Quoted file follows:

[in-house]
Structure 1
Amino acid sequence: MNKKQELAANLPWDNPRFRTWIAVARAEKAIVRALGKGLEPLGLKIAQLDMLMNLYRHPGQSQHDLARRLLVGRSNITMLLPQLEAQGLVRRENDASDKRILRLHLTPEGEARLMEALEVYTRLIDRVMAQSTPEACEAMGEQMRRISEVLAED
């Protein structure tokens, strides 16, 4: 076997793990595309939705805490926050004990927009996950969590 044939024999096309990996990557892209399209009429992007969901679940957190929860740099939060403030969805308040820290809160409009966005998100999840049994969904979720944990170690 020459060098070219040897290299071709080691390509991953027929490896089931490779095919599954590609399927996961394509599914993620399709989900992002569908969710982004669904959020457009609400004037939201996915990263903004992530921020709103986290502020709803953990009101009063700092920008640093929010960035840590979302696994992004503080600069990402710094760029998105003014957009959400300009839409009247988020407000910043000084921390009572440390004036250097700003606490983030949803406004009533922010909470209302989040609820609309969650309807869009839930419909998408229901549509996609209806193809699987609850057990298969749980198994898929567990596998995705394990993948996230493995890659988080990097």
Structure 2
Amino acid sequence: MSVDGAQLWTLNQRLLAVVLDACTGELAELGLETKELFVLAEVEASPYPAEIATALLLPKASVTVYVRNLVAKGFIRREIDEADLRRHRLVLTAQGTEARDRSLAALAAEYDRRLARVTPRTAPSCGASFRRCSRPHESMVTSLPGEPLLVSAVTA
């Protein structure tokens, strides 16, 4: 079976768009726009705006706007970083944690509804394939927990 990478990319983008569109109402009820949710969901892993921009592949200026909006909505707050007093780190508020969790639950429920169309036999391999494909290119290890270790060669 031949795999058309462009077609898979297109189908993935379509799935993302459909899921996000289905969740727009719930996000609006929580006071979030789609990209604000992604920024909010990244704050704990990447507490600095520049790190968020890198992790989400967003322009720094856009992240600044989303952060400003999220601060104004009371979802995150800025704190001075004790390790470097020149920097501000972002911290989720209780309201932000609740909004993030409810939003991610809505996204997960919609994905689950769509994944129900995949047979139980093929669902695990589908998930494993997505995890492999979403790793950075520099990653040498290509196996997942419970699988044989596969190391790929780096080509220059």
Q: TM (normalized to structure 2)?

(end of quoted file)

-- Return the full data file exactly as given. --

[in-house]
Structure 1
Amino acid sequence: MNKKQELAANLPWDNPRFRTWIAVARAEKAIVRALGKGLEPLGLKIAQLDMLMNLYRHPGQSQHDLARRLLVGRSNITMLLPQLEAQGLVRRENDASDKRILRLHLTPEGEARLMEALEVYTRLIDRVMAQSTPEACEAMGEQMRRISEVLAED
């Protein structure tokens, strides 16, 4: 076997793990595309939705805490926050004990927009996950969590 044939024999096309990996990557892209399209009429992007969901679940957190929860740099939060403030969805308040820290809160409009966005998100999840049994969904979720944990170690 020459060098070219040897290299071709080691390509991953027929490896089931490779095919599954590609399927996961394509599914993620399709989900992002569908969710982004669904959020457009609400004037939201996915990263903004992530921020709103986290502020709803953990009101009063700092920008640093929010960035840590979302696994992004503080600069990402710094760029998105003014957009959400300009839409009247988020407000910043000084921390009572440390004036250097700003606490983030949803406004009533922010909470209302989040609820609309969650309807869009839930419909998408229901549509996609209806193809699987609850057990298969749980198994898929567990596998995705394990993948996230493995890659988080990097």
Structure 2
Amino acid sequence: MSVDGAQLWTLNQRLLAVVLDACTGELAELGLETKELFVLAEVEASPYPAEIATALLLPKASVTVYVRNLVAKGFIRREIDEADLRRHRLVLTAQGTEARDRSLAALAAEYDRRLARVTPRTAPSCGASFRRCSRPHESMVTSLPGEPLLVSAVTA
């Protein structure tokens, strides 16, 4: 079976768009726009705006706007970083944690509804394939927990 990478990319983008569109109402009820949710969901892993921009592949200026909006909505707050007093780190508020969790639950429920169309036999391999494909290119290890270790060669 031949795999058309462009077609898979297109189908993935379509799935993302459909899921996000289905969740727009719930996000609006929580006071979030789609990209604000992604920024909010990244704050704990990447507490600095520049790190968020890198992790989400967003322009720094856009992240600044989303952060400003999220601060104004009371979802995150800025704190001075004790390790470097020149920097501000972002911290989720209780309201932000609740909004993030409810939003991610809505996204997960919609994905689950769509994944129900995949047979139980093929669902695990589908998930494993997505995890492999979403790793950075520099990653040498290509196996997942419970699988044989596969190391790929780096080509220059």
Q: TM (normalized to structure 2)?